All mowers should have a certain amount of lead in the cutter bar; that is, the outer end should be ahead of the inner end to offset the backward strain produced by the pressure of cutting. This permits the knife and pitman to run in a straight line. As the mower parts wear, the cutter bar begins to lay back until the knife is running at an angle. This results in excessive wear and breakage of cutting parts. An occasional check should be made for the correct lead. The outer end of the bar should be ahead of the inner 7/8 inch to 1-1/8 inch on a 4 ft. bar; 1-1/8 inch to 1-3/8 inch on 5 ft. bar; 1-3/8 inch to 1-5/8 inch on 6 ft. bar; and 1-5/8 inch to 1-7/8 inch for a 7 ft. bar.

McCormick-Deering International Number 9 Horse-Drawn Mower Serviceman's Guide
Fig. 11 – No. 9 Mower showing the parts that must be disassembled to adjust the lead of cutter bar.

To check lead on No. 9 mower, stretch a line across the face of the drive wheels parallel to the axle – as shown in Fig. 10. Then measure from the line to the back of the knife at the outer and inner end of bar. The difference between the two measures “A” and “B” is the lead of the bar.

McCormick-Deering International Number 9 Horse-Drawn Mower Serviceman's Guide
Fig. 12 – Cutter bar assembly detached from mower to allow adjustment to obtain correct lead.

If after replacing worn hinge pins the cutter bar should lag rearward, remove the following parts as indicated in Fig. 11 to adjust for the correct lead: lifting spring “1”, pin in gag post “2”, pin in gag lever hinge “3”, tilting rod “4”, cotter pin in rear end of coupling bar “5”, bolt in flywheel shield “6”, pitman “7”, and draft rod “8”. Then pull the entire assembly out (Fig. 12) and screw the coupling bar “5” out (turn counter-clockwise) of shoe hinge “9” one turn or enough to obtain the correct lead. Reassemble in the reverse order. Check register of knife.

CUTTER BAR LIFTING PARTS

McCormick-Deering International Number 9 Horse-Drawn Mower Serviceman's Guide
Fig. 13 – Height of bar on plain lift mower when lifting lever pawl is in second notch in quadrant.

PLAIN LIFT (REGULAR)

The plain lift mower as furnished regularly has a high level lift suitable for clearing all ordinary obstacles with the sickle in operation. When cutter bar is raised by lifting lever to first notch in quadrant, the knife runs parallel to ground. When raised to second notch the inner shoe remains the same and sickle operates at approximately 45 degree angle.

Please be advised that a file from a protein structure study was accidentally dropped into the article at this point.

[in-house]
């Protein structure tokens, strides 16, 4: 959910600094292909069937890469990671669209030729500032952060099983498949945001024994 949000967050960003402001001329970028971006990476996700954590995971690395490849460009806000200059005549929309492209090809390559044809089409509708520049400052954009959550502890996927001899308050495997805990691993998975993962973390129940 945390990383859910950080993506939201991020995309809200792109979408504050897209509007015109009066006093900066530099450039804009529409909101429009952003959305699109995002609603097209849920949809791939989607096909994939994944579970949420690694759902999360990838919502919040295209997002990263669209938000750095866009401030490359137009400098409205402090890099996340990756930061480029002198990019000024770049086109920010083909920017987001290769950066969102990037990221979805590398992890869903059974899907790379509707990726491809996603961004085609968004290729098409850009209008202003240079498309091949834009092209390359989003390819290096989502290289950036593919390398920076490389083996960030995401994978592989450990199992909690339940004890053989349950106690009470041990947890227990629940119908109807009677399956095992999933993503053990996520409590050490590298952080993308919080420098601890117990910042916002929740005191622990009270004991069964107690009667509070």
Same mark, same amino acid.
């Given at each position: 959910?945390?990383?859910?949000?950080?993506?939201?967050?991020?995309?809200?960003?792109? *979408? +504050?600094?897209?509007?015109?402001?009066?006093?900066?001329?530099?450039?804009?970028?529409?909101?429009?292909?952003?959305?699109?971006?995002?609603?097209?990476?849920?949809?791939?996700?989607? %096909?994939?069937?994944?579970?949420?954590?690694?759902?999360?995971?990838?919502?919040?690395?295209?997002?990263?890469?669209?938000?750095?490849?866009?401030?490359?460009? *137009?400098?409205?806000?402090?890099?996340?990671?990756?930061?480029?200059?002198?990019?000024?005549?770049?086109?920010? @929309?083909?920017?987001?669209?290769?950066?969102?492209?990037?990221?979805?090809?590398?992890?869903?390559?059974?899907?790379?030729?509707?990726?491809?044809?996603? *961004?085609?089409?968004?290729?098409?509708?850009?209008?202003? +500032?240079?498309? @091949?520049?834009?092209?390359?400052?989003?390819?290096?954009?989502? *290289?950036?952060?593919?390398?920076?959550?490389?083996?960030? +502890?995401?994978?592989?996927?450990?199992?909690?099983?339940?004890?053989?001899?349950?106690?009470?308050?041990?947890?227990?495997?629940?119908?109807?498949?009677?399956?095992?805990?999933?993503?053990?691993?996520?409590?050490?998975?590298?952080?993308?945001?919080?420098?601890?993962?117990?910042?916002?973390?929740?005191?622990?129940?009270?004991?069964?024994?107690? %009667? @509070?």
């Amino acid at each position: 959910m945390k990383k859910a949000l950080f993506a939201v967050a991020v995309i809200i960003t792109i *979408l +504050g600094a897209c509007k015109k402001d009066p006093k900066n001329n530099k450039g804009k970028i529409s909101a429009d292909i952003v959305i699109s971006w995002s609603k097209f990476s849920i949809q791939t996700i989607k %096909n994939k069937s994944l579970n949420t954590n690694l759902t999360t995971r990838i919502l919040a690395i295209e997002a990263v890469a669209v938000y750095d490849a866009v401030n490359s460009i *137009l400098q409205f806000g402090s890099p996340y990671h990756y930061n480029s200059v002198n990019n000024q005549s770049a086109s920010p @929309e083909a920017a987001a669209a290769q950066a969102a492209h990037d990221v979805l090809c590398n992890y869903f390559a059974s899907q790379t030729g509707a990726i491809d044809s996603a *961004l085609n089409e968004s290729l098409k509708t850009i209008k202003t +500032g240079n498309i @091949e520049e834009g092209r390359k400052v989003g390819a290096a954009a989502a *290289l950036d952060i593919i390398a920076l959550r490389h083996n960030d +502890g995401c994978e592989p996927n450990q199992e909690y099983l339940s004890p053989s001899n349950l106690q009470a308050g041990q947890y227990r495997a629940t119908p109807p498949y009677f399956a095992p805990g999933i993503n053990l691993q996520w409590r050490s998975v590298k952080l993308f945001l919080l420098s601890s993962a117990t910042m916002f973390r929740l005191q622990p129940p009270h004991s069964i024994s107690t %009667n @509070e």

McCormick-Deering International Number 9 Horse-Drawn Mower Serviceman's Guide
Fig. 14 – Height of bar on vertical lift mower when lifting lever pawl in in second notch in quadrant.

VERTICAL LIFT (SPECIAL)

A vertical lift attachment is available for horse mowers and is recommended for use only on the 4-1/2 and 5 ft. cutter bars. The attachment consists of a longer lifting lever connection, a coupling bar stop, and linkage to the clutch to throw the mower clutch out of mesh. The attachment limits the height of raise of the inner shoe, but allows the cutter bar to be swung to a vertical position by the use of the lifting lever operated from the driver’s seat.

When cutter bar is raised by lifting lever to first notch in quadrant, the knife continues to run. The coupling bar should just contact the coupling bar stop at this point. When the cutter bar is raised beyond the first notch, the mower clutch is thrown out of mesh and the knife automatically stops. When further pressure is applied to the lifting lever the cutter bar is swung to a vertical position.

McCormick-Deering International Number 9 Horse-Drawn Mower Serviceman's Guide
Fig. 15 – “A” is coupling bar stop, “B” the lock nut.

The cutter bar should be held firmly in the vertical position when the latch pawl is engaged in the second notch of the quadrant. If it is not, the coupling bar stop “A” Fig. 15 should be turned counter-clockwise until it contacts the coupling bar firmly. Secure in this position with the lock nut.

McCormick-Deering International Number 9 Horse-Drawn Mower Serviceman's Guide